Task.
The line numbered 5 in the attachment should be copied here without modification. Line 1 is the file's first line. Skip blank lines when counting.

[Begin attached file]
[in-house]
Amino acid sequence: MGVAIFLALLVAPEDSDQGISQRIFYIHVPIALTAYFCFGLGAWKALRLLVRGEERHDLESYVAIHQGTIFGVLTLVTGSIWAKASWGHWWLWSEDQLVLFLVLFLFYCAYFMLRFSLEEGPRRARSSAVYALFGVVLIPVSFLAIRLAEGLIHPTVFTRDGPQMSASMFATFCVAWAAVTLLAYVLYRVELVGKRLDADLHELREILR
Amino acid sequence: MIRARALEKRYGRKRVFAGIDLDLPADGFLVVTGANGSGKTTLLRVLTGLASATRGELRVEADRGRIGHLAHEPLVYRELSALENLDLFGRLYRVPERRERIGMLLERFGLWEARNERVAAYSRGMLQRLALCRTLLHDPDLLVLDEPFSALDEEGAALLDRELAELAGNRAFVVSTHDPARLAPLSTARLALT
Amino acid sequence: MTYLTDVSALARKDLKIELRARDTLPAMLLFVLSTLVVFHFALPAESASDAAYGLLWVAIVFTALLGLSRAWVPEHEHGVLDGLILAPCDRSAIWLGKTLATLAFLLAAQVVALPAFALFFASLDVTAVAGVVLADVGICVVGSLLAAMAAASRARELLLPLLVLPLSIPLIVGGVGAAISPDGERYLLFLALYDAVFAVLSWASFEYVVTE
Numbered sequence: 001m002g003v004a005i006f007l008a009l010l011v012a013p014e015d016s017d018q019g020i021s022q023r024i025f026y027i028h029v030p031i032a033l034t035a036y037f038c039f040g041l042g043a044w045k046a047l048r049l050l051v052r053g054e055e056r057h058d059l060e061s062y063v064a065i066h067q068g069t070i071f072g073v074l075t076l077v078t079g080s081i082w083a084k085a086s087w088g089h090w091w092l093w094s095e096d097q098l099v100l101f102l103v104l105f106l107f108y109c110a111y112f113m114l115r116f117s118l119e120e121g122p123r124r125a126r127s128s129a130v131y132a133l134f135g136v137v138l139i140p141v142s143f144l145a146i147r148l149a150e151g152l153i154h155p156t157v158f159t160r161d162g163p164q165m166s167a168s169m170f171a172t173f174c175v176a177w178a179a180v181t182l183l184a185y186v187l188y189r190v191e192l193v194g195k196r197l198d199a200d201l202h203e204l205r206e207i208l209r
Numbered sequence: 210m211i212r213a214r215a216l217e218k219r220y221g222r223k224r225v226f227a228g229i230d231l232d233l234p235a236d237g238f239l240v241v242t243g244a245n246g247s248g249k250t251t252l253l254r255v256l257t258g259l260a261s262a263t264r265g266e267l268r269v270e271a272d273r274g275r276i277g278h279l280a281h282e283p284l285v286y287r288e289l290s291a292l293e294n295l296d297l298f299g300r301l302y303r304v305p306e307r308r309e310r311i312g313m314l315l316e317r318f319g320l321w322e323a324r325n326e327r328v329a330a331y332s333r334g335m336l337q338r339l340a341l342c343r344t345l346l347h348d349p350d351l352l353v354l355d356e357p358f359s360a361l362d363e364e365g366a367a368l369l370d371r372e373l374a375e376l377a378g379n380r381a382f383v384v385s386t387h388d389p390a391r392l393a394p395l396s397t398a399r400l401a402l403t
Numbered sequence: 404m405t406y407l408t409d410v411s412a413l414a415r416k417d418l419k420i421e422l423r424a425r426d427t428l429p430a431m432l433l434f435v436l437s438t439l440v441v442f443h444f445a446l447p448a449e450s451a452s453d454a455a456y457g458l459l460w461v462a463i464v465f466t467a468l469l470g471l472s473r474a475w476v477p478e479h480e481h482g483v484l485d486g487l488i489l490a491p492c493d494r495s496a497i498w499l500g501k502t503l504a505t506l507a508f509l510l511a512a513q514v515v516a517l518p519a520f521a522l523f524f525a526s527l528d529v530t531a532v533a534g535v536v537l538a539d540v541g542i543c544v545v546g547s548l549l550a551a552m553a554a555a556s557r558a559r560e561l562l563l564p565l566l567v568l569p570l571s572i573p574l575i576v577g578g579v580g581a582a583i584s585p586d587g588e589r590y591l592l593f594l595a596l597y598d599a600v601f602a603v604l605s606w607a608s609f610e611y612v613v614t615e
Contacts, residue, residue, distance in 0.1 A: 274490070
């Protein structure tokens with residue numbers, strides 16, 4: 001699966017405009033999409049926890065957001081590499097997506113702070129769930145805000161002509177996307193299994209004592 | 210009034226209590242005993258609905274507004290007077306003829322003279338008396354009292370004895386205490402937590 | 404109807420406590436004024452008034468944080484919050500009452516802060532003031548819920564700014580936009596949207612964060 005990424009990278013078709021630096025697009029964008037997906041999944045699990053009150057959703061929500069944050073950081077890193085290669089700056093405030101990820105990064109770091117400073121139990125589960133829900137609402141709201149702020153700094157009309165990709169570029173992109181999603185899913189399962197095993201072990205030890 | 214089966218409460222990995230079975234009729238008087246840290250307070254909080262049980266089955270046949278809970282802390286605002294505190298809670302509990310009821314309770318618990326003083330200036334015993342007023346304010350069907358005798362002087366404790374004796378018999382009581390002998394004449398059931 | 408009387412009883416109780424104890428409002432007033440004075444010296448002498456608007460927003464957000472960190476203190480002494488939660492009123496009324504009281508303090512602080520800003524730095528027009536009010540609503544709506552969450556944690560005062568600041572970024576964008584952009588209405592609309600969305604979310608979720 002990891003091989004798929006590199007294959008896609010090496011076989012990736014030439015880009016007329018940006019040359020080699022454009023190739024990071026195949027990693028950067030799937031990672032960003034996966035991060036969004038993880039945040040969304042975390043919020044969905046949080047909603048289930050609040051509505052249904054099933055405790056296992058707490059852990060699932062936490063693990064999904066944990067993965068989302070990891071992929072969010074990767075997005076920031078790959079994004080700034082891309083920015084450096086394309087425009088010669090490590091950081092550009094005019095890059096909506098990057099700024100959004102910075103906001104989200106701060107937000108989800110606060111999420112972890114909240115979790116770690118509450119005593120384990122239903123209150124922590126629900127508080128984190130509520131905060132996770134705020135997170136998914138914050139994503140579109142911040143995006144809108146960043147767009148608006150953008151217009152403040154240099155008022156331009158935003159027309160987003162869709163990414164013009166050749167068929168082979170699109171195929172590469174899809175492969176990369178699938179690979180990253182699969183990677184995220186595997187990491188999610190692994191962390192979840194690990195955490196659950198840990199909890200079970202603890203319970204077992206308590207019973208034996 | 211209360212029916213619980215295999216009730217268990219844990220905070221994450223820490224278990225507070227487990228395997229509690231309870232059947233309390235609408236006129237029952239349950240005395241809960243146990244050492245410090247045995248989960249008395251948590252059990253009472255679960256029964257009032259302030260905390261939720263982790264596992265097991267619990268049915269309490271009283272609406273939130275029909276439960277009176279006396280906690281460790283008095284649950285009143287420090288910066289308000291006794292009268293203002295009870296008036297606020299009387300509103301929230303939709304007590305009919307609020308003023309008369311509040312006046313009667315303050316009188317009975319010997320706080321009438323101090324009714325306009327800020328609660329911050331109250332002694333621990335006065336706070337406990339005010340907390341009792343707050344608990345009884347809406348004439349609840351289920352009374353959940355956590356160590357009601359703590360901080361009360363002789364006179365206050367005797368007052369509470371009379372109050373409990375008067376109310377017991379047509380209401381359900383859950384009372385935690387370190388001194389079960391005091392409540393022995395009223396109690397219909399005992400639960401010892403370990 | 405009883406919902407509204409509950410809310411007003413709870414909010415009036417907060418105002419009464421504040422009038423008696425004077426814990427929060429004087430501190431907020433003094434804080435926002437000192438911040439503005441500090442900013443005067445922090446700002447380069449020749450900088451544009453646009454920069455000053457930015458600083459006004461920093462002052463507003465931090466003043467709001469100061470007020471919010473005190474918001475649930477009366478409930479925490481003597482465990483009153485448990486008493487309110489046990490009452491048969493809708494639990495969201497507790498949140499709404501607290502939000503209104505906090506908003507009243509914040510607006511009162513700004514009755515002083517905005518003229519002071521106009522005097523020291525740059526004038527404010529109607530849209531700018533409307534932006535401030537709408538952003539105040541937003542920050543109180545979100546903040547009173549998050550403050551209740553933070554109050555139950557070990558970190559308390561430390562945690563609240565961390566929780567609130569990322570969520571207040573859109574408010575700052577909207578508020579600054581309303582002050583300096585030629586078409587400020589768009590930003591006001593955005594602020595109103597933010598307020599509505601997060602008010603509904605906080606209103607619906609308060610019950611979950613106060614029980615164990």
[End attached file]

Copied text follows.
Numbered sequence: 001m002g003v004a005i006f007l008a009l010l011v012a013p014e015d016s017d018q019g020i021s022q023r024i025f026y027i028h029v030p031i032a033l034t035a036y037f038c039f040g041l042g043a044w045k046a047l048r049l050l051v052r053g054e055e056r057h058d059l060e061s062y063v064a065i066h067q068g069t070i071f072g073v074l075t076l077v078t079g080s081i082w083a084k085a086s087w088g089h090w091w092l093w094s095e096d097q098l099v100l101f102l103v104l105f106l107f108y109c110a111y112f113m114l115r116f117s118l119e120e121g122p123r124r125a126r127s128s129a130v131y132a133l134f135g136v137v138l139i140p141v142s143f144l145a146i147r148l149a150e151g152l153i154h155p156t157v158f159t160r161d162g163p164q165m166s167a168s169m170f171a172t173f174c175v176a177w178a179a180v181t182l183l184a185y186v187l188y189r190v191e192l193v194g195k196r197l198d199a200d201l202h203e204l205r206e207i208l209r